Dark Reading is part of the Informa Tech Division of Informa PLC

This site is operated by a business or businesses owned by Informa PLC and all copyright resides with them.Informa PLC's registered office is 5 Howick Place, London SW1P 1WG. Registered in England and Wales. Number 8860726.

Application Security

1/8/2020
03:25 PM
100%
0%

Google's Project Zero Policy Change Mandates 90-Day Disclosure

The updated disclosure policy aims to achieve more thorough and improved patch development, Google reports.

Google's Project Zero, a division focused on security research, today announced changes to its Disclosure Policy. All vulnerabilities will be released after 90 days by default regardless of when a bug is fixed, unless an agreement has been made between Project Zero and the vendor.

The 90-day disclosure deadline has existed for five years and accelerated patch development. When Project Zero began in 2014, some vulnerabilities took longer than six months to address. Last year, 97.7% of issues were addressed under the 90-day deadline. Still, the division recognizes there is progress to be made in patch development and vulnerability management.

Now it is trialing a new policy for bugs reported starting January 1, 2020. Project Zero's old guidelines allowed vulnerability details to be released when the bug was fixed, even if it was ahead of Day 90. Its new policy eliminates early disclosure: details will be released on Day 90 for all bugs. If there is mutual agreement between the vendor and Project Zero, bug reports can be released to the public under the 90-day timeline, researchers report in a blog post.

The goal is to provide a more consistent, and fair way to release patches, wrote Project Zero's Tim Willis in a blog post. While faster patch development remains a goal, the team is now placing equal focus on thorough patch development and broad adoption. It also hopes to create equity among vendors so no one company, including Google, gets preferential treatment.

"Too many times, we've seen vendors patch reported vulnerabilities by 'papering over the cracks' and not considering variants or addressing the root cause of a vulnerability," Willis explained. A focus on "faster patch development" may exacerbate this issue, he continued, enabling attackers to adjust their exploits and continue launching attacks.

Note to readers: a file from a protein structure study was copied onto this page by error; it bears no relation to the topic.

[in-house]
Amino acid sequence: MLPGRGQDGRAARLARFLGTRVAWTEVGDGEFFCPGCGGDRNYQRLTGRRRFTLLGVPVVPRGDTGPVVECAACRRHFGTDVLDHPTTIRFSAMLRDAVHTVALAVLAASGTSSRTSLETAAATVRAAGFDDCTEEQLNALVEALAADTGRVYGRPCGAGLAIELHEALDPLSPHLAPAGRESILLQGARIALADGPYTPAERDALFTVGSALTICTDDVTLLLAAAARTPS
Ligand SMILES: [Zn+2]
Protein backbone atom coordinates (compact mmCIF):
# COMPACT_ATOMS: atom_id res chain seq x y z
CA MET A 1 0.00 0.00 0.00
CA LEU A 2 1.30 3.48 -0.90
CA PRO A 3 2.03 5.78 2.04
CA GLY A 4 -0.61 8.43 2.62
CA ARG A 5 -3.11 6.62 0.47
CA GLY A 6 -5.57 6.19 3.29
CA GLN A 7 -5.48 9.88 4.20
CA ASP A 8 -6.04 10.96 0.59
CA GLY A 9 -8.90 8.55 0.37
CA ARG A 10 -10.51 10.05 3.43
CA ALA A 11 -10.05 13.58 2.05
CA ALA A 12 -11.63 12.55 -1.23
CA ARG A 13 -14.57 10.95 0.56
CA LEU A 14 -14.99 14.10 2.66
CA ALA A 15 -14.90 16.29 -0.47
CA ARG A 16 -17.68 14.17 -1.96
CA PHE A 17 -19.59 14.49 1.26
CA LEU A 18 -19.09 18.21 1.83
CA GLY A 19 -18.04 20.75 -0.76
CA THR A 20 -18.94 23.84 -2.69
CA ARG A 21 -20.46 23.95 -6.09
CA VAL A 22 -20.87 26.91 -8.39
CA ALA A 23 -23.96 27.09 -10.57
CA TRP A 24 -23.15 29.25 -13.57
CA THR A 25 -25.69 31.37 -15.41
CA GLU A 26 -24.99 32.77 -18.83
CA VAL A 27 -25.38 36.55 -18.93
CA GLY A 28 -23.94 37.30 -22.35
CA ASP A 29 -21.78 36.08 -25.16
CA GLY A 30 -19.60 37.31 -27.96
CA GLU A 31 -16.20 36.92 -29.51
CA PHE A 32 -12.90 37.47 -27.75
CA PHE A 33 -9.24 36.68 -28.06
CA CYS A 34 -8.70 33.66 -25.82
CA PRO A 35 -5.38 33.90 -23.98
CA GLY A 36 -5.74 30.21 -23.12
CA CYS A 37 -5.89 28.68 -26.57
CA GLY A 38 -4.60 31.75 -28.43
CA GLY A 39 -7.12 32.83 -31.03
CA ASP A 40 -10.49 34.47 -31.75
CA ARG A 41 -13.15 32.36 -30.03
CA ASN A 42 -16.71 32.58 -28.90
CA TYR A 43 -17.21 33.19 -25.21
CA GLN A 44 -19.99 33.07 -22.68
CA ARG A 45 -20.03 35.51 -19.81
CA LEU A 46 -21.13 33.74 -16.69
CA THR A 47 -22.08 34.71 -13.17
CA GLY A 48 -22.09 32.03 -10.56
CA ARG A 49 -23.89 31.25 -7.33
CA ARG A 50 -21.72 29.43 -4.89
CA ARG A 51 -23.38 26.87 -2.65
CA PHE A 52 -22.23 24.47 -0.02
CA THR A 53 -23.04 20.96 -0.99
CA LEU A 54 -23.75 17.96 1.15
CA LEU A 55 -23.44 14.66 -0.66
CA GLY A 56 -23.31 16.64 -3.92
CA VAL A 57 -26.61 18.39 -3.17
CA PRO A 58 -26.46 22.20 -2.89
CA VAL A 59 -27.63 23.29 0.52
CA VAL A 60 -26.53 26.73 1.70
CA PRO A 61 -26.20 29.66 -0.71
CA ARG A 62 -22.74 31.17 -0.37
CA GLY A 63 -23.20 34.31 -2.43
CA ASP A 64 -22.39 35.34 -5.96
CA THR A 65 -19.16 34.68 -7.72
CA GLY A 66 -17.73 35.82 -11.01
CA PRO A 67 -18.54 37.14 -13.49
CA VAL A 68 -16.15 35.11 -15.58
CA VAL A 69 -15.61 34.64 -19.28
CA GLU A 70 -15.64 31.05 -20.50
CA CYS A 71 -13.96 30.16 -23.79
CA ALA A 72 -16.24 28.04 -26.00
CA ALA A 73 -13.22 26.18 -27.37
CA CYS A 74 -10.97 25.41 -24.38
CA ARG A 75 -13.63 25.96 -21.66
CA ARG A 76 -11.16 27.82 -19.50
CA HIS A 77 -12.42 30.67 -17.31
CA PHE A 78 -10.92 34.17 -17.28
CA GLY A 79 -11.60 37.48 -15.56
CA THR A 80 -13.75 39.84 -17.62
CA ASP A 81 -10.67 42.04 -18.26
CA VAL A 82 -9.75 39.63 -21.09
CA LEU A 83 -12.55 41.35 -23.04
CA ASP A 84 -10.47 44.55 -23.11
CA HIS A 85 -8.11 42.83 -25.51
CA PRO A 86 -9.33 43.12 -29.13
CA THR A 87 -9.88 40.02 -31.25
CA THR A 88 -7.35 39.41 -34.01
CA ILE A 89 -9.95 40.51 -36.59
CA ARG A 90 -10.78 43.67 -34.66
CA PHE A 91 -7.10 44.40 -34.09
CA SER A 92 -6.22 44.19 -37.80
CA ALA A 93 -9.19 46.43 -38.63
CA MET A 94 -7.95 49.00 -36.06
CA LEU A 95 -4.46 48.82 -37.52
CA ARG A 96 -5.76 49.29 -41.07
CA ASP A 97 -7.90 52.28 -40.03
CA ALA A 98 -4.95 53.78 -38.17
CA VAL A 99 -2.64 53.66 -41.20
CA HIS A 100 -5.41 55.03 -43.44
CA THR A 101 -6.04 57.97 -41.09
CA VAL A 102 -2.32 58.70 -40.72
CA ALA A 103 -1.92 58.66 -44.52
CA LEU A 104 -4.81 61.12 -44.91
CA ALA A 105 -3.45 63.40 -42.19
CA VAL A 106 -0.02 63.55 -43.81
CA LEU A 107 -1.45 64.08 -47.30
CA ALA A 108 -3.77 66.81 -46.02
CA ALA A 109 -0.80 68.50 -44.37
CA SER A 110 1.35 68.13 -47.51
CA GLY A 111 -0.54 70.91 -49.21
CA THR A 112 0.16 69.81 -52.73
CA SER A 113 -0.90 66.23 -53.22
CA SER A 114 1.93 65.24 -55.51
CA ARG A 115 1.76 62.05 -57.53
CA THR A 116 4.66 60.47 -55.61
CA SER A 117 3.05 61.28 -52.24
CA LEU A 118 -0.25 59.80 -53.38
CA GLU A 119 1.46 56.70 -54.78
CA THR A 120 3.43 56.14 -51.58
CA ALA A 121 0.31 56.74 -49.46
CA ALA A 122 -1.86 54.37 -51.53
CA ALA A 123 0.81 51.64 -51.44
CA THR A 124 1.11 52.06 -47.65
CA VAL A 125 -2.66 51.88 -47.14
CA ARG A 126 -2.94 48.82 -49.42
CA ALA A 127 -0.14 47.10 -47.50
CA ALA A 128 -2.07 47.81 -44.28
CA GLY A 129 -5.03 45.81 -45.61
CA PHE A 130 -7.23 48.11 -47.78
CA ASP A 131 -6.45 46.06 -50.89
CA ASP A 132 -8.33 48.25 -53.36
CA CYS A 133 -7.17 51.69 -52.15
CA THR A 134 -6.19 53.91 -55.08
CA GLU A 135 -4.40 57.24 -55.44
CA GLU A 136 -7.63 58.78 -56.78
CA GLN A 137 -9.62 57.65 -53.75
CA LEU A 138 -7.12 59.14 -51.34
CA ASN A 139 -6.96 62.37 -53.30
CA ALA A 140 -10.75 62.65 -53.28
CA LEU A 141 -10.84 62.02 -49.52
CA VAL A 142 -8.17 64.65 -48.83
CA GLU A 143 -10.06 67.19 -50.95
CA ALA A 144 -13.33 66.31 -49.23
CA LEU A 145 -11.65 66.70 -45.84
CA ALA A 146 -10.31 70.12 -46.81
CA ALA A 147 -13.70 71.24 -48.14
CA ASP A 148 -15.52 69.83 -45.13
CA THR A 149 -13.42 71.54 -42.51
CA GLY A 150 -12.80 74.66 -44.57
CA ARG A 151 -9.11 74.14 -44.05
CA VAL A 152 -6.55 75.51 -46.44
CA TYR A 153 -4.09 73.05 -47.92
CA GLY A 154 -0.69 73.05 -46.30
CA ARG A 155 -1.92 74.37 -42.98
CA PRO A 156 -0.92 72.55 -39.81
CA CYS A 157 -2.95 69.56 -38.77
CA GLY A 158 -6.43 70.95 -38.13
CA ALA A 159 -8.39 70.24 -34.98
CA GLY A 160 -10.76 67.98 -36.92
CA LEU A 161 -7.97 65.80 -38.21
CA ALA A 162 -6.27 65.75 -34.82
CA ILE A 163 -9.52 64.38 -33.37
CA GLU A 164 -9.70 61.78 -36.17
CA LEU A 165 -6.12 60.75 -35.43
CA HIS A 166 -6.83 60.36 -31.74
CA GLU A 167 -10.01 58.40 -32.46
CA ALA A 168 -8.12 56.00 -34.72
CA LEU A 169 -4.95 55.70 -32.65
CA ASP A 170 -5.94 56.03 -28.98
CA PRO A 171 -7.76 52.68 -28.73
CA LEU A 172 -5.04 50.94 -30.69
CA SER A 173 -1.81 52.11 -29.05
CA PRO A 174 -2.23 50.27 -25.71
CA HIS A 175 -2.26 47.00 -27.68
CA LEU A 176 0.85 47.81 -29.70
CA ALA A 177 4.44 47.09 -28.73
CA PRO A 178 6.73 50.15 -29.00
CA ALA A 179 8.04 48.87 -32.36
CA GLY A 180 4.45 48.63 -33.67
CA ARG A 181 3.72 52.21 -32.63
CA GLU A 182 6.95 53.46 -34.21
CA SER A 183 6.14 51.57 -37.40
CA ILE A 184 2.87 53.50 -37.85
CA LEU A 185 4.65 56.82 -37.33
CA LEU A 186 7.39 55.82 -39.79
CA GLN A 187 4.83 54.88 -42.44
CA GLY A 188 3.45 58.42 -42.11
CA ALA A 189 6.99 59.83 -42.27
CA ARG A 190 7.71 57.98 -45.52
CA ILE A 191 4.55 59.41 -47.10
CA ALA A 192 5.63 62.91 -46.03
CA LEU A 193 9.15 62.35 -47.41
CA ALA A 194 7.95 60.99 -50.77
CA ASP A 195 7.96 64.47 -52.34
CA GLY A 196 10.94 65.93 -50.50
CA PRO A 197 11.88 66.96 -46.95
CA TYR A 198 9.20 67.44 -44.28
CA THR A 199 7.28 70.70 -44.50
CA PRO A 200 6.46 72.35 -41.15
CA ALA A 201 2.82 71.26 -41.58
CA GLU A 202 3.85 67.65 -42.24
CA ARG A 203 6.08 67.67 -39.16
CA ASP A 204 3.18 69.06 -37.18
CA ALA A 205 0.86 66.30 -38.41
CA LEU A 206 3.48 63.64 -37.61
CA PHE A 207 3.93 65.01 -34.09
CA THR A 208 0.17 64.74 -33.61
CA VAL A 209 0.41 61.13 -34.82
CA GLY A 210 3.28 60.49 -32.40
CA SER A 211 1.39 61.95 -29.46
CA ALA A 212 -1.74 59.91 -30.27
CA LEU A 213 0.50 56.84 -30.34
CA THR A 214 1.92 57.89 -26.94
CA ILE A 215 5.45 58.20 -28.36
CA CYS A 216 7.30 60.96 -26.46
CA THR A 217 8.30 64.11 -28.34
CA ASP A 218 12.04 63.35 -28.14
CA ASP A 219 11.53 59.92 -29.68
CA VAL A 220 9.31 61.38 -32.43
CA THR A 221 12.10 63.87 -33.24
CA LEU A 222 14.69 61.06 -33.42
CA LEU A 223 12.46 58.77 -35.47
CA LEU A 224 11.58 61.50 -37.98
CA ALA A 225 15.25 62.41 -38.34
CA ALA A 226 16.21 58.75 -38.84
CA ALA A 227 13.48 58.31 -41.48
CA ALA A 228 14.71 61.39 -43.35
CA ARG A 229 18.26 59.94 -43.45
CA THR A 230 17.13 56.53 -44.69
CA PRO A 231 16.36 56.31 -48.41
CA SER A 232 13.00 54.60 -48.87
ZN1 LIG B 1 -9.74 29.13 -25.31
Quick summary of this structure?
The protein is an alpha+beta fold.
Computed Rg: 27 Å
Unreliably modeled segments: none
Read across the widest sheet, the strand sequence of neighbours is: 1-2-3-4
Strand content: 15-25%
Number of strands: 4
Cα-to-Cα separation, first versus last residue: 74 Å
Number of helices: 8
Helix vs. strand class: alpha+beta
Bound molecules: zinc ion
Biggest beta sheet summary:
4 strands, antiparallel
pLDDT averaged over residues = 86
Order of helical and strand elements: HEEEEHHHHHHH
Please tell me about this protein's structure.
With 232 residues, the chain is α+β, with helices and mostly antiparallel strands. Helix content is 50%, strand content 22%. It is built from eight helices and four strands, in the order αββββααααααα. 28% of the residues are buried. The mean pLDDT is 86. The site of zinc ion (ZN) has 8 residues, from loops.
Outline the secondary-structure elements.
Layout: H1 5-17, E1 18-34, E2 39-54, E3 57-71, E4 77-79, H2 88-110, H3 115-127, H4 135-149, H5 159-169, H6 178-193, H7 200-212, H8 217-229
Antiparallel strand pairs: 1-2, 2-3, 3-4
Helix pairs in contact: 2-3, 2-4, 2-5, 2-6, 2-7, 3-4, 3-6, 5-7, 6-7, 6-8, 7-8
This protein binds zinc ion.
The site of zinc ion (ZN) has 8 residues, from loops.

Further, Willis pointed out, patches must be applied in order to be effective. "To this end, improving timely patch adoption is important to ensure that users are actually acquiring the benefit from the bug being fixed." With the mandated 90-day window, the hope is that vendors should be able to offer updates and encourage more people to install fixes within 90 days.

Project Zero will test this policy for 12 months then consider whether to make it a long-term change. Read more details in the full blog post here.

Check out The Edge, Dark Reading's new section for features, threat data, and in-depth perspectives. Today's top story: "Car Hacking Hits the Streets"

Dark Reading's Quick Hits delivers a brief synopsis and summary of the significance of breaking news events. For more information from the original source of the news item, please follow the link provided in this article. View Full Bio

Comment  | 
Print  | 
More Insights
Comments
Newest First  |  Oldest First  |  Threaded View
RuskinF
50%
50%
RuskinF,
User Rank: Apprentice
1/9/2020 | 7:28:35 AM
90 days to release the disclosure
Google resolving 97.7% issues within 90 days is a great thing. Now they need to improve their efficiency just by a bit, making the figure 99%. It is challenging but not impossible.
Register for Dark Reading Newsletters
White Papers
Video
Cartoon Contest
Current Issue
6 Emerging Cyber Threats That Enterprises Face in 2020
This Tech Digest gives an in-depth look at six emerging cyber threats that enterprises could face in 2020. Download your copy today!
Flash Poll
Twitter Feed
Dark Reading - Bug Report
Bug Report
Enterprise Vulnerabilities
From DHS/US-CERT's National Vulnerability Database
CVE-2020-1927
PUBLISHED: 2020-04-02
In Apache HTTP Server 2.4.0 to 2.4.41, redirects configured with mod_rewrite that were intended to be self-referential might be fooled by encoded newlines and redirect instead to an an unexpected URL within the request URL.
CVE-2020-8144
PUBLISHED: 2020-04-01
The UniFi Video Server v3.9.3 and prior (for Windows 7/8/10 x64) web interface Firmware Update functionality, under certain circumstances, does not validate firmware download destinations to ensure they are within the intended destination directory tree. It accepts a request with a URL to firmware u...
CVE-2020-8145
PUBLISHED: 2020-04-01
The UniFi Video Server (Windows) web interface configuration restore functionality at the “backup� and “wizard� endpoints does not implement sufficient privilege checks. Low privileged users, belonging to the PUBLIC_GROUP ...
CVE-2020-8146
PUBLISHED: 2020-04-01
In UniFi Video v3.10.1 (for Windows 7/8/10 x64) there is a Local Privileges Escalation to SYSTEM from arbitrary file deletion and DLL hijack vulnerabilities. The issue was fixed by adjusting the .tsExport folder when the controller is running on Windows and adjusting the SafeDllSearchMode in the win...
CVE-2020-6009
PUBLISHED: 2020-04-01
LearnDash Wordpress plugin version below 3.1.6 is vulnerable to Unauthenticated SQL Injection.